Where virtual reality is going
by Jon Rappoport
Jan 14, 2015
“In the early 1960s, I was sitting in a crowded New York theater watching one of the first dubbed Japanese monster imports. I was hoping the police would stop the huge lizard, who was clomping around, wrecking the city, toppling buildings, squashing humans I gradually became aware that the audience was cheering for the monster. A cultural shift had happened. I hadn’t known about it until then.” (The Underground, Jon Rappoport)
I want to sketch the path along which virtual reality is going.
Right now, companies are selling improved tech that allows a helmet-wearer to see landscape and people in a wider perspective, and hear layers of sounds to the left and right, and above and below him. He can also walk inside the virtual set up.
He can’t touch everything he sees yet, but that’s coming. And perhaps one day, he’ll be able to sit down at a lavish meal and smell and taste the food.
Sight, sound, touch, smell, taste. A five-sense envelope.
He’ll leap off a cliff, fly through the clouds, and attack a monster coming his way, and he’ll win. He’ll do this over and over, and begin to control his own attendant fear. (You can see the obvious military use.)
But…the money men behind virtual reality will want more. They’ll want to program the user’s reactions AHEAD OF TIME; his feelings, sensations, nervous-system responses, endocrine outputs, brain signals.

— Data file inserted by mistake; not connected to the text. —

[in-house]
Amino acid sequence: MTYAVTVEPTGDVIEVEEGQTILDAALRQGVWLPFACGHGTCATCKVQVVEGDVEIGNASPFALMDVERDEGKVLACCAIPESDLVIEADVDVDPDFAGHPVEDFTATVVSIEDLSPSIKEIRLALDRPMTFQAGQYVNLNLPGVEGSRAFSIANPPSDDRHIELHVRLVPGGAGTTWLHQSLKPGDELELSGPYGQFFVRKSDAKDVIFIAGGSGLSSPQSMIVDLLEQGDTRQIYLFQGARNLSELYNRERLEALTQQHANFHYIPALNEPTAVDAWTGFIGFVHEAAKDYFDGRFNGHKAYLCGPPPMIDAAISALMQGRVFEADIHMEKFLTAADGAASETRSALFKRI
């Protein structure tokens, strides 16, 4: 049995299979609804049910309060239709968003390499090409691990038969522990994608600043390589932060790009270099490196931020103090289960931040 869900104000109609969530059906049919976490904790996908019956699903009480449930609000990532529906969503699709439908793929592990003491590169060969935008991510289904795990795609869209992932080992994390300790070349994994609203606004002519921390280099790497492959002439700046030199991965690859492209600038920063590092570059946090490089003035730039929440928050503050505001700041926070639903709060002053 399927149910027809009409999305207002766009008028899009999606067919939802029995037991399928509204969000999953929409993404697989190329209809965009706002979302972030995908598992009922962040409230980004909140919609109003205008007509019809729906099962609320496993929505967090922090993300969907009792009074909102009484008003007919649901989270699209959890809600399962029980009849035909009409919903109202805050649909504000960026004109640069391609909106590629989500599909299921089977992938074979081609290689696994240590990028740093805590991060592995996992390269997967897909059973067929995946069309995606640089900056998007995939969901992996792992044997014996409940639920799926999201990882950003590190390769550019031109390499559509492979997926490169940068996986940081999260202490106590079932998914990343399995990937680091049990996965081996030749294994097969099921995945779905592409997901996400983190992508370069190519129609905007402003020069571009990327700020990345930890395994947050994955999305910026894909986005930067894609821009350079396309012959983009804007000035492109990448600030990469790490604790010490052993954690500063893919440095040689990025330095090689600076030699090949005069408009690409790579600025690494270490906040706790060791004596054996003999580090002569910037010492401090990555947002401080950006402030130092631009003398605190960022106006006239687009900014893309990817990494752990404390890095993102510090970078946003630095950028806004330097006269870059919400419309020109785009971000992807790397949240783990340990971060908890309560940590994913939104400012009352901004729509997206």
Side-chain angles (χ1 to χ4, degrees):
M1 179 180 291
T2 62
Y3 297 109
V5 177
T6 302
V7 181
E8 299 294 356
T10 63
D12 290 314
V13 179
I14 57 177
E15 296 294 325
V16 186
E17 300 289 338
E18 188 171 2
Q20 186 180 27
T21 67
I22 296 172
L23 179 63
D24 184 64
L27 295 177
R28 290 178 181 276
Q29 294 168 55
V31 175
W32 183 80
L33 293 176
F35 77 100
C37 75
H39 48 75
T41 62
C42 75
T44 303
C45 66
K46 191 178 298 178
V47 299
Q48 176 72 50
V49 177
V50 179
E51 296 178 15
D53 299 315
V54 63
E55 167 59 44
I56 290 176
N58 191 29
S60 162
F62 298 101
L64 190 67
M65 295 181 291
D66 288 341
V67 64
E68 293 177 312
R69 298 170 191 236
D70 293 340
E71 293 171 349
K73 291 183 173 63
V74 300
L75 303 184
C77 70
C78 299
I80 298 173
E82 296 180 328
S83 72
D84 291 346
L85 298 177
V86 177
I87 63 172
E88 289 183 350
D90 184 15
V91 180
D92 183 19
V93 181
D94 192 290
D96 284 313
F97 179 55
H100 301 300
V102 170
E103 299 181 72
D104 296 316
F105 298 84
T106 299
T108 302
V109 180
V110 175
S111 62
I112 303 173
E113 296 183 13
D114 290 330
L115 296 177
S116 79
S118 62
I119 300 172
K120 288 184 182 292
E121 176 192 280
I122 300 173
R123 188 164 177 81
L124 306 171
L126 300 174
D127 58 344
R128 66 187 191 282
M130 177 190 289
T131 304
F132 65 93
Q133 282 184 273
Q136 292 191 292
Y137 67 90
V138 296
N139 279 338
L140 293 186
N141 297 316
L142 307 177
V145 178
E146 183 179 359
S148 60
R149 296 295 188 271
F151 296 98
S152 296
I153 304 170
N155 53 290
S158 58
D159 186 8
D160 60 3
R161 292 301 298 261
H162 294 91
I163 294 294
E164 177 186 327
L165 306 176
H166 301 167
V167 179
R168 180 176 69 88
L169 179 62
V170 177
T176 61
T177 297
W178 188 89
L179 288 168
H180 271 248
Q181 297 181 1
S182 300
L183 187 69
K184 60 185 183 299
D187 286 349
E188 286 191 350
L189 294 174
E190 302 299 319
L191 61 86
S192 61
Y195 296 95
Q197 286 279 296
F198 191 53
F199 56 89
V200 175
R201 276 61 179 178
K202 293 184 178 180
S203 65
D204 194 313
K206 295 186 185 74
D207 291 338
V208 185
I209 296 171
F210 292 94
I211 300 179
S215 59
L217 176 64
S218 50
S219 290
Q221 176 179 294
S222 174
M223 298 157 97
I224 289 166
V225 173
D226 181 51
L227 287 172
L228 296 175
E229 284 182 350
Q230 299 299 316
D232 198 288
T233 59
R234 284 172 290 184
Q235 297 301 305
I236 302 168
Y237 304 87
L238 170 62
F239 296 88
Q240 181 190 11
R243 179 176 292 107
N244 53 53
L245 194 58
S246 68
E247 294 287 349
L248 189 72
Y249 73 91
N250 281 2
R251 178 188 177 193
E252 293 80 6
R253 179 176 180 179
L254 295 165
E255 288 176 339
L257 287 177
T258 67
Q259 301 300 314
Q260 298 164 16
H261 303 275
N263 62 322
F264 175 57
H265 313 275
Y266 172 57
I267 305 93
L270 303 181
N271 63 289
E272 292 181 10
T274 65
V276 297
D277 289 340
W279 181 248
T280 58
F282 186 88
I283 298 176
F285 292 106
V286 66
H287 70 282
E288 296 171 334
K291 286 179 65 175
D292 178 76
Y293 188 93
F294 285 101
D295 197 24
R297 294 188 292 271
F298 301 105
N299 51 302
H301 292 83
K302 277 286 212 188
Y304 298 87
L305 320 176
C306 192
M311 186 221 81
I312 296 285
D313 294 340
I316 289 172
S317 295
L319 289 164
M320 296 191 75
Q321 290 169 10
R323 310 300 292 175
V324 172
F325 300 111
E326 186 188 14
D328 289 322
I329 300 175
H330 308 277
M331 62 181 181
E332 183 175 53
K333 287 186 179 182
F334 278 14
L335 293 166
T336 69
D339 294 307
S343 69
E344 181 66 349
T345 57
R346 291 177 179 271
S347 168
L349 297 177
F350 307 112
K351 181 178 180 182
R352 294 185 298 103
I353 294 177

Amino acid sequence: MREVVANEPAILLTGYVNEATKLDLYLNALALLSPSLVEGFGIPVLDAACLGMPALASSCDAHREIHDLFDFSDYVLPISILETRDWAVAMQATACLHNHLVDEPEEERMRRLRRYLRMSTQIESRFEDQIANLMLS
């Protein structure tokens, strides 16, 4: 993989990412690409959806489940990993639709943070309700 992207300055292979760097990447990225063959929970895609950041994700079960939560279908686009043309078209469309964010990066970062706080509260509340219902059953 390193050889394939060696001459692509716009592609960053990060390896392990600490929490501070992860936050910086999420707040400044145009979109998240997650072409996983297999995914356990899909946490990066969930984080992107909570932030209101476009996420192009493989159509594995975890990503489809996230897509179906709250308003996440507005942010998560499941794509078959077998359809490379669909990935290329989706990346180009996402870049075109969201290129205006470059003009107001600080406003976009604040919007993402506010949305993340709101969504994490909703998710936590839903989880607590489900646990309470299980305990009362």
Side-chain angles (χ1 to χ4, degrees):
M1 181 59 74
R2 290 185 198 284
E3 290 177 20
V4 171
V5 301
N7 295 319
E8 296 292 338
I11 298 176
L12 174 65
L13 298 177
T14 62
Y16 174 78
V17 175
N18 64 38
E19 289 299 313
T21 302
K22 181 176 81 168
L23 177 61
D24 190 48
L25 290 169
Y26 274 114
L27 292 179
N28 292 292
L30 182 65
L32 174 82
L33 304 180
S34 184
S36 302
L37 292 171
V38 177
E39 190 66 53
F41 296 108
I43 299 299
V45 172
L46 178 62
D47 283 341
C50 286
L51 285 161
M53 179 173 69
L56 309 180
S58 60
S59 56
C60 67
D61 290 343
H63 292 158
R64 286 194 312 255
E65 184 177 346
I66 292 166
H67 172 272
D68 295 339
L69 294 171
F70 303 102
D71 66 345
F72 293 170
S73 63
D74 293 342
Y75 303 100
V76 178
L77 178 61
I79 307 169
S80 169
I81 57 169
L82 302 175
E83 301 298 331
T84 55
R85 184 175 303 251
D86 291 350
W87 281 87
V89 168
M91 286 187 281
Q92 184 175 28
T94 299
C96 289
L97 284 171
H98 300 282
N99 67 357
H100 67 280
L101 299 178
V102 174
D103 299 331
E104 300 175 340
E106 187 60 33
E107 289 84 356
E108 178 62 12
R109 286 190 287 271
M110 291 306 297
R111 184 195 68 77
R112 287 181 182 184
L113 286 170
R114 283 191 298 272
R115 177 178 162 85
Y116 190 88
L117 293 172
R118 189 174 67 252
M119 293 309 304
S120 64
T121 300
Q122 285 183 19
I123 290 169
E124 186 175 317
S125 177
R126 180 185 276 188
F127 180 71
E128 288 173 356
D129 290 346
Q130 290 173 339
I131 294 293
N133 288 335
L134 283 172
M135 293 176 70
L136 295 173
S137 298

The full package.
“Press Button A on your remote and receive the complete experience as we give it to you.”
Eventually, there won’t be a button A. Buyers will want what they’re given.
That’s the threshold, the crossover:
Why try to imagine and create your own reactions? Why try to minimize your Pavlovian responses? The VR techs already have the answers for you.
And their answers are very much like a medical protocol.
Entrainment on multiple levels. This is where virtual reality is heading.
In the process, the basic principle of elite reality-building will be expanded: cut off the individual’s imagination; bury it; exclude it; make it unnecessary.
Because that imagination, and its ability to invent new unpredictable realities, is ultimately what stands between a locked-down planet and a planet that has a chance of freedom.
No matter what happens to this society, civilization, and culture, imagination has to stay alive.
There is, at any given moment, a whole level of solution and innovation that is in a state of hidden potential, that is uncreated and unknown…no one knows what these solutions are, because individuals haven’t invented them yet, haven’t dreamed them up, haven’t acted on them.
If, by burying imagination, you eliminate this level, what’s left is total control over the population.